Should A Vocal, Veteran Critic Of Islam ‘Conference’ In Turkey?

Free Speech,Freedom of Religion,Ilana Mercer,Islam,libertarianism,Liberty,Private Property

First, in order of importance, forgive the verbing of the noun “conference.” Bad form.

Next: Young Keir Martland, of The Libertarian Alliance (my British home, and where you can find my weekly column), describes an exhilarating conference at the Property & Freedom Society, hosted by the fabulous Hans-Hermann Hoppe whom I know and admire, and his wife, Dr. Guelcin Imre Hoppe.

Place: The majestic Hotel Karia Princess in Bodrum, Turkey.

In the past, Dr. Hoppe had graciously extended an invitation to me. But let’s be frank. Turkey is not safe for anyone with a long and known record as a vocal critic of the religion of peace—and I here finesse my stance on Islam. Nor have I been a wallflower about the campaign waged by the Turkish government against Kurdish separatists. I don’t see how libertarians can countenance the Turks in this dispute.

It’s true that the US is also unsafe for critics of Islam (read my analysis of the attempt on the life of free-speech Jewish activist Pamela Geller), but Turkey even less so. The last is not a point of debate. “Bad things could happen anywhere, these days” won’t wash to dismiss the illiberal political and religious direction taken by the Turkish State.

In the US, we still have more rights to defend our prime real estate—OURSELVES—than elsewhere in the world (although I’m eyeing Hungary and Poland, which don’t admit refugees). The rest of the world is slowly becoming Dar al-Islam (House of Islam). In other words, it’s being made safe for Islam, but not its critics.

A whimsical, “Oh, plenty Jews attended and were safe at the Property & Freedom Society is also bogus, as none, as far as I know, has beat up on Islam systematically, in writing, for a very long time.

If anything, “Those Cartoons: A Reply To Walter Block,” critiqued attendee Dr. Block for asserting, in 2006, “under the rubric of a libertarian analysis, that libertarians would view [Muhammad-mocking] cartoons as immoral and that ‘from the libertarian perspective, both sets of acts—’drawing [forbidden] pictures of Muhammad’ and offending ‘western sensibilities’—are ‘improper.” I wrote:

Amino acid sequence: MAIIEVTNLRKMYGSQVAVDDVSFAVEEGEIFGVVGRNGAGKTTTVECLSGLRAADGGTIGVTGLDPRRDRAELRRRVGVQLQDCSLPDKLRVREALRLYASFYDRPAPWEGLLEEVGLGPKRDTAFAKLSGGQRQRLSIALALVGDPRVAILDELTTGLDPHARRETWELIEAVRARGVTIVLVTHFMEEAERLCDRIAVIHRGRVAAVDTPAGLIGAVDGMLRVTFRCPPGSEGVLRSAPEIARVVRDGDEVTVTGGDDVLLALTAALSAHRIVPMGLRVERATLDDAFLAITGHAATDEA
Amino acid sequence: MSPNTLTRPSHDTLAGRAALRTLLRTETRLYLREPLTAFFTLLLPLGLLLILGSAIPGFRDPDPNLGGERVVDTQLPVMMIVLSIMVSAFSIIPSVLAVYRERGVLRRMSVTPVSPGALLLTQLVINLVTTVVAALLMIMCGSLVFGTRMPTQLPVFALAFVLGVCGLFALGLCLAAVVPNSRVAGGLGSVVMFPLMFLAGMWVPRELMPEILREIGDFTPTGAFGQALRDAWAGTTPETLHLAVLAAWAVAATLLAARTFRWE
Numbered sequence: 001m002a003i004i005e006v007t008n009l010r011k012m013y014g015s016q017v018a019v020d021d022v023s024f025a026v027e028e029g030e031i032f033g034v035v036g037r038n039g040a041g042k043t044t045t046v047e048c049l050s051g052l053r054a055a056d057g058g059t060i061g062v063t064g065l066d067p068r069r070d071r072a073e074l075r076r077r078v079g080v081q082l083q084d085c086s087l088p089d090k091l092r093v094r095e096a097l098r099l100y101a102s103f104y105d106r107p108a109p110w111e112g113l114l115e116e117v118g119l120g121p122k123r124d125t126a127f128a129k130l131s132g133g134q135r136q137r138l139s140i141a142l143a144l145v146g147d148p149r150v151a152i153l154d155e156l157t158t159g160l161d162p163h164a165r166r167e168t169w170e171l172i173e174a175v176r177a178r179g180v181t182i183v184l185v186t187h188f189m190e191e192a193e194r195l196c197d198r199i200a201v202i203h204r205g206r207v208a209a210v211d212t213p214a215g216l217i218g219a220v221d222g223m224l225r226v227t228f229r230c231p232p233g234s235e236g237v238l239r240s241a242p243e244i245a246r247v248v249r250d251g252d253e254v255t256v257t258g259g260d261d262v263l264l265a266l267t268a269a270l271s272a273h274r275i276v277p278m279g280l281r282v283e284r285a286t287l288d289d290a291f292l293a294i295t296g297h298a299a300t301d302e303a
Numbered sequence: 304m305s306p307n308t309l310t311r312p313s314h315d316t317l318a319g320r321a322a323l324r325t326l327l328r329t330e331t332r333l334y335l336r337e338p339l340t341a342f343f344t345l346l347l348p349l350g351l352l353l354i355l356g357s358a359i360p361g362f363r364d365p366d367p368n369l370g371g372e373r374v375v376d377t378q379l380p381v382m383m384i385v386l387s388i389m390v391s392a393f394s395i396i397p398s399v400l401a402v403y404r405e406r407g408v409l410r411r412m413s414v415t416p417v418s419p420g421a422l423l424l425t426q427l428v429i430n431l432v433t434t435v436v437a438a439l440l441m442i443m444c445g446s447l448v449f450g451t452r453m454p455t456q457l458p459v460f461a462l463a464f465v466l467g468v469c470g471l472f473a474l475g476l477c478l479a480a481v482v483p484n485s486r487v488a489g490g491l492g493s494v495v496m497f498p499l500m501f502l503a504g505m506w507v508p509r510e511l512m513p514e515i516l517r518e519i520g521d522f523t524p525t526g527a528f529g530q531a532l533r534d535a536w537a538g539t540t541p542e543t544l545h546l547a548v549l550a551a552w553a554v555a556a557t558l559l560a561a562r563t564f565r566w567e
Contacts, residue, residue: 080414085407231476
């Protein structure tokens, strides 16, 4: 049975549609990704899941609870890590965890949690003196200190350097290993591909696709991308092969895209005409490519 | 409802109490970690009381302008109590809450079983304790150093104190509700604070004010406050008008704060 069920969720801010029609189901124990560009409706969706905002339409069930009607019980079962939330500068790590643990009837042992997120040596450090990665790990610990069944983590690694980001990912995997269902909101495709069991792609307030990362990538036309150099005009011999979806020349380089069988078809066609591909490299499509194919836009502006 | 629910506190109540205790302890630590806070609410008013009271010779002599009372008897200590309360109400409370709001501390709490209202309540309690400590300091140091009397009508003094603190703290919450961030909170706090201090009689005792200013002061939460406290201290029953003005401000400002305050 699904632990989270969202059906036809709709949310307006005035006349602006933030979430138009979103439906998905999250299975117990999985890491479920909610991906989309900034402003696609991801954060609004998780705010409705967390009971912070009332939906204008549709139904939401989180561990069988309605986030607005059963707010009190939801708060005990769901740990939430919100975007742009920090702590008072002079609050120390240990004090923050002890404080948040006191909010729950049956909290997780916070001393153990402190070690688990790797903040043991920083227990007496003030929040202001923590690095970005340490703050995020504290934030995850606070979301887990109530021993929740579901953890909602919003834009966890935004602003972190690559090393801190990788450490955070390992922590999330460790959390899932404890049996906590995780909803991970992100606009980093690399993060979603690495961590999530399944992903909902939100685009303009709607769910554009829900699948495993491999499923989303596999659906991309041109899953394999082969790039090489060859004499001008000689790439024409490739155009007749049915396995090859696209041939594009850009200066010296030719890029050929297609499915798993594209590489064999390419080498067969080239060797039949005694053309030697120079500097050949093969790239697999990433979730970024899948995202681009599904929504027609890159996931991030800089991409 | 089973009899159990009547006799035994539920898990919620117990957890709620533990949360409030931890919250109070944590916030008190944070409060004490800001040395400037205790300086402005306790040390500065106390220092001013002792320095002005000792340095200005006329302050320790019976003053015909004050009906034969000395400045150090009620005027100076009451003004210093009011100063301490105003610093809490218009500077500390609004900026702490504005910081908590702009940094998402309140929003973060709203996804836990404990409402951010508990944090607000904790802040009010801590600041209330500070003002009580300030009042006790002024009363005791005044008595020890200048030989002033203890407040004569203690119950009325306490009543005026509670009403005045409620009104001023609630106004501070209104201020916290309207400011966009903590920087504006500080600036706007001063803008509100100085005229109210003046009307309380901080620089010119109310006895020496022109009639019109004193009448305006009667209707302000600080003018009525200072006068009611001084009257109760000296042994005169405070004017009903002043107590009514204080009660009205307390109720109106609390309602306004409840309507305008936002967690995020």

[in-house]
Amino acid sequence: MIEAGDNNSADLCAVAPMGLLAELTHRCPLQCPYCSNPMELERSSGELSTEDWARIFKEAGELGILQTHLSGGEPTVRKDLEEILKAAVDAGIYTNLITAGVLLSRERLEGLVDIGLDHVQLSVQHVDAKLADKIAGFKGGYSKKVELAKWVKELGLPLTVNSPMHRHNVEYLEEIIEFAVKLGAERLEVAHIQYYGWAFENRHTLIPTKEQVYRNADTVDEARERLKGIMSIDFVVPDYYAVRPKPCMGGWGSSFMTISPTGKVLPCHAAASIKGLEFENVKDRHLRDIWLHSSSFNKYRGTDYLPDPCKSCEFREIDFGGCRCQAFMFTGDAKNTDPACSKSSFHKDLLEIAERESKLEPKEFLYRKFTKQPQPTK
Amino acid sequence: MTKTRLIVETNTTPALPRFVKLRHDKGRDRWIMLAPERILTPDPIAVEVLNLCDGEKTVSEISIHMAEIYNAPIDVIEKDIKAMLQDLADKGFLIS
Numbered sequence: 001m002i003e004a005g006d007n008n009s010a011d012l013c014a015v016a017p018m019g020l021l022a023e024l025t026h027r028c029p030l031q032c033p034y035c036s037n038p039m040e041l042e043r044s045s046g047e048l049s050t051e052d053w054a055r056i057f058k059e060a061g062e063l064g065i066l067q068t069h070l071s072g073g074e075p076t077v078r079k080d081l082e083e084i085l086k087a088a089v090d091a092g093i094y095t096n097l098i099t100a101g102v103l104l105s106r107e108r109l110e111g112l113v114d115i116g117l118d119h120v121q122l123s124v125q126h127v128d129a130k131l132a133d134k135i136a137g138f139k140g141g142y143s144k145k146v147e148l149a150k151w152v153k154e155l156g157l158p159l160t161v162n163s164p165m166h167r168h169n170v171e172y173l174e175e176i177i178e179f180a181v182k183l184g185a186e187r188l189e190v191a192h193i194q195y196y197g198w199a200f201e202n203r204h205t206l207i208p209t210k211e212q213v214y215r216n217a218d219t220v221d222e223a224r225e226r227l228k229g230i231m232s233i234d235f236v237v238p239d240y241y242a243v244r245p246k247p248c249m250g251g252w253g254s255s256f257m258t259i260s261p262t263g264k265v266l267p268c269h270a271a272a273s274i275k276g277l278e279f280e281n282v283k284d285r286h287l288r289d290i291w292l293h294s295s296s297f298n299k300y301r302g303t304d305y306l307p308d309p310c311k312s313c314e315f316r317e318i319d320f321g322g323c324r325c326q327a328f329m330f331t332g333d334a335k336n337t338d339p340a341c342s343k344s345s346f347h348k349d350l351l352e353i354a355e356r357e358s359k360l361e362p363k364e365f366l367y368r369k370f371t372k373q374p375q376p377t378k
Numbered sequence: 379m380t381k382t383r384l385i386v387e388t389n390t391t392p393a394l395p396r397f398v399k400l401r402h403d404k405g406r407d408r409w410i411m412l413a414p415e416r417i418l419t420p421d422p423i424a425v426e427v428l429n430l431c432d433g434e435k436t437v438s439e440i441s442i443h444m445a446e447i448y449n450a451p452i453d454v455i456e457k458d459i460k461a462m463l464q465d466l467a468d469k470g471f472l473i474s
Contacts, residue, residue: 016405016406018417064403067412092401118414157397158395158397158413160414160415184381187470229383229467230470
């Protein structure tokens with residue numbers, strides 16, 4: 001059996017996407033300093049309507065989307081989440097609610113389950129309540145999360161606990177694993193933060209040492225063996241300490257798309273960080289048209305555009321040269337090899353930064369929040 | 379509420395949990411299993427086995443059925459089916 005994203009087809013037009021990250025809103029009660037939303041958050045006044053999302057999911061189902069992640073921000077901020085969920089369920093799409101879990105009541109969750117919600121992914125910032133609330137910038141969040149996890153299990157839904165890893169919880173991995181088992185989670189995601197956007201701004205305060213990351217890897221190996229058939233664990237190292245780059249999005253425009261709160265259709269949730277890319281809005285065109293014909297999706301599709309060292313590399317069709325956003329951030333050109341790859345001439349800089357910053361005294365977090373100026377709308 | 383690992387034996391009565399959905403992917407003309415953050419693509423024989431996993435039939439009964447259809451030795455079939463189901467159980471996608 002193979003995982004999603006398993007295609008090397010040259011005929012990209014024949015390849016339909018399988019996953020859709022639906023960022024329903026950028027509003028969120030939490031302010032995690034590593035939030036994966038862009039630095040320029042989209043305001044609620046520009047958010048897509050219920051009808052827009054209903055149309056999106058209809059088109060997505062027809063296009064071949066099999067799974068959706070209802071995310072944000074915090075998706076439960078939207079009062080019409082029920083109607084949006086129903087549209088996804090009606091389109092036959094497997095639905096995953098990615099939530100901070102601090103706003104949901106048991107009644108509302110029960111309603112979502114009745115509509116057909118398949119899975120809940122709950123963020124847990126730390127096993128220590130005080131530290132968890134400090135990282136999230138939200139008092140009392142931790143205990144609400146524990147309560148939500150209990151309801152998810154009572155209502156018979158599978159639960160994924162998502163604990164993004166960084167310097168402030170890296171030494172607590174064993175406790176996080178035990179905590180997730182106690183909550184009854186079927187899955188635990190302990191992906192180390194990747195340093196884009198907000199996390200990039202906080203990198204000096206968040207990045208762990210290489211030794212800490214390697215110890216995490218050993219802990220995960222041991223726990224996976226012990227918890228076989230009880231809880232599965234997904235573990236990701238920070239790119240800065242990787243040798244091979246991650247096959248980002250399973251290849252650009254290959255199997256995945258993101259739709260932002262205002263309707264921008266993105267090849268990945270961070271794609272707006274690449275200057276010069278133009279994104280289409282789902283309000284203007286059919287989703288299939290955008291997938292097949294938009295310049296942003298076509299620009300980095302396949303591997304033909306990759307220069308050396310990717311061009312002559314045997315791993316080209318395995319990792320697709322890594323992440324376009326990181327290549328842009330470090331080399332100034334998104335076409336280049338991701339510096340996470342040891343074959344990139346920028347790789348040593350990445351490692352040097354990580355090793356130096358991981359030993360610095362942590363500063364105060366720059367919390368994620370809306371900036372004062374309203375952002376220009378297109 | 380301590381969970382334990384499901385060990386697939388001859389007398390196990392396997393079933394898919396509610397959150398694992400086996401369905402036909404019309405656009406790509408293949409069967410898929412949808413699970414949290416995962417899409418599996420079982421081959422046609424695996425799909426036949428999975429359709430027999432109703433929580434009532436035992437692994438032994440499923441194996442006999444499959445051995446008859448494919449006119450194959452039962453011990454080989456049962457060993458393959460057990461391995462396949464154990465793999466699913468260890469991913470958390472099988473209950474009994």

… If a radical proponent of freedom such as Dr. Block can dub mild satire immoral, inadvertently tainting innocent, non-aggressive satirists, then it’s imperative to address the substance of the speech being debated, lest innocent polemicists and illustrators be maligned. What is Dr. Block’s premise for asserting these things are immoral? Other than that they offend Muslims, I see none. And to give offense is not always immoral. It is certainly not immoral to lampoon the connection between Muhammad, author of Islam, and the savagery and atavism that grip the Muslim world today. …

Nah. I don’t think Turkey is the place for my opinion, although Dr. Block is safe with his.

Dr. Block’s original article was removed. In a corrected version of “Those Cartoons: A Libertarian Analysis linked here, Walter said he offered some correction to his original apologia. I couldn’t see it (which could be my shortfall).

In any event, my point obtains. As a longtime, public critic of Islam, I would not “conference” in Turkey, not even for Hans Hoppe.

Perhaps I should have titled the post, “The Islam In the Room.”

Turkey: